SHOULD ONE SIGN THE “RENEWALS” OF EXPIRED LEAVE & LICENCE AGREEMENTS AS DEMANDED BY THE BPP?
The trustees of the Bombay Parsi Panchayat (BPP) are trying to browbeat the residents of Parsi Baugs under their control to “renew” leave and licence agreement which have expired years ago. Should the residents accede to the request and sign the agreement? No. Here’s why.
Before I come to the legal aspect, I would be worth recalling that some of the Trustees had stated in their election manifesto that they would convert the licencees to tenancies. They have forgotten their assurance on being elected to power. They only hold that the trustees have over the community is by virtue of their control over the vast housing properties of the BPP. Most of our unworthy BPP Trustee “Sahebs” have poured in good money on election campaigns, holding entertainment programmes and dinners, organizing transport, etc. etc., considering it a capital investment to reap the profits after becoming trustees – such profits being available only from the housing sector. Would any person who had honest intentions to serve the community pour in such money on elections campaign……?
Most of the present Trustees have not done anything for the community, except put it in poor light by their rowdy behaviour and fighting in public. They forget that they are there in a fiduciary capacity to serve the community by fulfilling the wishes of the founder trustees as embodied in the Trust Deed. They consider themselves trustee “sahebs” and demi gods and abuse their position by trying to brow beat the community and milk the trust. The trust deeds do not have any concept of giving accommodation on leave and licence basis; the objective is to provide accommodation to Parsis who cannot afford to buy their own accommodation. The pugree system and the huge deposits running into more than Rs.50 lakhs to crores goes against the very objective of the trust. Although the Parsi poplulation is dwindling, the housing shortage is becoming more acute, which makes it evident that something is wrong somewhere.
Now, adverting to the legal and moral aspects of “renewal” of expired leave and licence agreements. Firstly, a dead licence cannot be renewed; it would be a fresh licence on new terms and conditions. It would be unilateral and heavily loaded in favour of the BPP, jeopardizing the interests of the residents of the various baugs.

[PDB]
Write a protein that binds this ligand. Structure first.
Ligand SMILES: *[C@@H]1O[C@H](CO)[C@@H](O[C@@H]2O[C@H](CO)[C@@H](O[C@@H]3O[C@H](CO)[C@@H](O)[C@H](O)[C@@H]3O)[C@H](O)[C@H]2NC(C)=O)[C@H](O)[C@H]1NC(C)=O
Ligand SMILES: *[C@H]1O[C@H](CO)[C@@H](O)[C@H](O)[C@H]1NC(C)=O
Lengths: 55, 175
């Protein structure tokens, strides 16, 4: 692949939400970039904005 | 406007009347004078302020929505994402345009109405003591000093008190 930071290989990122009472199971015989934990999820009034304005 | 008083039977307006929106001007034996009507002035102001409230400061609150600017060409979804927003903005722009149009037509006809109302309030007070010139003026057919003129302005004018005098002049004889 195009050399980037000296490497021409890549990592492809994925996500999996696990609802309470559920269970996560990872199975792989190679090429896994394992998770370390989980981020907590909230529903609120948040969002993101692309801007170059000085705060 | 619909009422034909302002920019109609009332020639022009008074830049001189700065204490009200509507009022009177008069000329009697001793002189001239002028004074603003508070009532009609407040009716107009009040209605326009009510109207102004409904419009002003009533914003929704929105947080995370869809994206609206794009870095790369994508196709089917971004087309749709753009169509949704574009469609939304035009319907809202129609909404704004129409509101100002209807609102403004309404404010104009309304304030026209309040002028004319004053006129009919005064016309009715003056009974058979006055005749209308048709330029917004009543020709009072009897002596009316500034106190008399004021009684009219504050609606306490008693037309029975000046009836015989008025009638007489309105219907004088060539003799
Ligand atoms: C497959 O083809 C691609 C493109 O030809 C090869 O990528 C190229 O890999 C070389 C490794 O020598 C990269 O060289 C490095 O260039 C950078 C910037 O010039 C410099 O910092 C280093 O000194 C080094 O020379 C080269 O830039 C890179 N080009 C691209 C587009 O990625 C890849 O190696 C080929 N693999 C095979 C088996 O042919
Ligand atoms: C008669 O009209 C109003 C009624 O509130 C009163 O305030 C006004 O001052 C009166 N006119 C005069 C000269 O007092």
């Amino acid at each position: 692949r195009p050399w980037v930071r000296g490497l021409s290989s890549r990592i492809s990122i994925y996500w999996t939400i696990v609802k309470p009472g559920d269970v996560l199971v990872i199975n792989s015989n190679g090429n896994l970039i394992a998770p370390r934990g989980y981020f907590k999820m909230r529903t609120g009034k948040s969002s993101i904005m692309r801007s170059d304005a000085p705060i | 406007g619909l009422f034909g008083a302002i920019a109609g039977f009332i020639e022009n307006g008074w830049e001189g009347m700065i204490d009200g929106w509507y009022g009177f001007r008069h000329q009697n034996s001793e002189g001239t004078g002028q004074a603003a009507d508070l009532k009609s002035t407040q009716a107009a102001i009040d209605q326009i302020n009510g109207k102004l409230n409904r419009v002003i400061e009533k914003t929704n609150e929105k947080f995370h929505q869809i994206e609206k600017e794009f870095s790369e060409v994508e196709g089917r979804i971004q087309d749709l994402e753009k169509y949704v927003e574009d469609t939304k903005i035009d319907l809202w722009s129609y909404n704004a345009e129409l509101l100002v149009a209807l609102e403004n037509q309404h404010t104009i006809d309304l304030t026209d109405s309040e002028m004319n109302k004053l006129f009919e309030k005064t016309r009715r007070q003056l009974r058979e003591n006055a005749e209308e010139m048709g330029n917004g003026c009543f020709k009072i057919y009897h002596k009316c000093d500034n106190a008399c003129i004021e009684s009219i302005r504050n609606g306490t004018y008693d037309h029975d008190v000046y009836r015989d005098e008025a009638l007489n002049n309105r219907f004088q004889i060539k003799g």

What is the present status of the resident who were originally given accommodation under leave and licence agreement? The licence period stated in the agreement has expired, but the allottee continues to reside in the flat and pay licence fees which are accepted by the BPP. Since the licensor continues to let the licencee occupy the premises after the expiry of the licence period and also accept the licence fee, what would it imply? It would mean that the intent of the licensor was to create the tenancy but by-pass the rent control legislation. The acceptance of the licence fees after the expiry of the licence period would act as an estoppel against the licensor, and hence the licensor would not be entitled to claim that the premises were given on leave and licence after the expiry of the licence period.
Supreme Court ruling on tenancy camouflaged under a Leave & Licence Agreement: It is to be noted that there is a Supreme Court judgement on the issue of camouflaging a tenancy under a Leave & Licence Agreement. (A copy of the judgement is attached hereto). In this judgement, the Supreme Court has come down heavily on licensors / landlords who attempt to scuttle the provisions of the Rent Control Legislation by camouflaging tenancies as licences. This judgement lays down that regardless of the nomenclature used, the court would see the true and real intent of the document to determine whether it is a genuine licence agreement or a camouflaged tenancy. If it is found that the Leave & Licence agreement has been executed merely to by-pass the Rent Control Act, the Court would consider it a tenancy disregarding the terminology used in the agreement.
[Judgement dated 22.03.2004 in Civil Appeal No.1548 of 1999 delivered by the Bench of Hon’ble Mr. Justice R.C. Lahoti and Hon’ble Dr. Justice AR. Lakshmanan in the case of C.M. Beena & Anr. (Appellants) versus P.N. Ramachandra Rao (Respondent) –
AIR 2004 SC 2103 = 2004 (3) ALD 108 SC = 2004 (3) SCC 595 = 2004 SCCL.COM 29]
Since the Trustees know that they are doing something that is not justified, they adopt the unethical modus operandi of “summoning” the resident to the BPP office without giving an inkling as to why he / she is being called; then take the person wait for hours together to exhaust him physically and mentally; and thereafter call in him into the committee room where he is surrounded and over-awed by the presence of all the trustees and other officials, who frighten and browbeat him to do what he is ordered to do. HENCE, ANYBODY BEING “SUMMONED” MUST SIMPLY NOT ATTEND THE BPP OFFICE.
– Jehangir Gai
598-A, Girgaon Road,
Mumbai – 400002.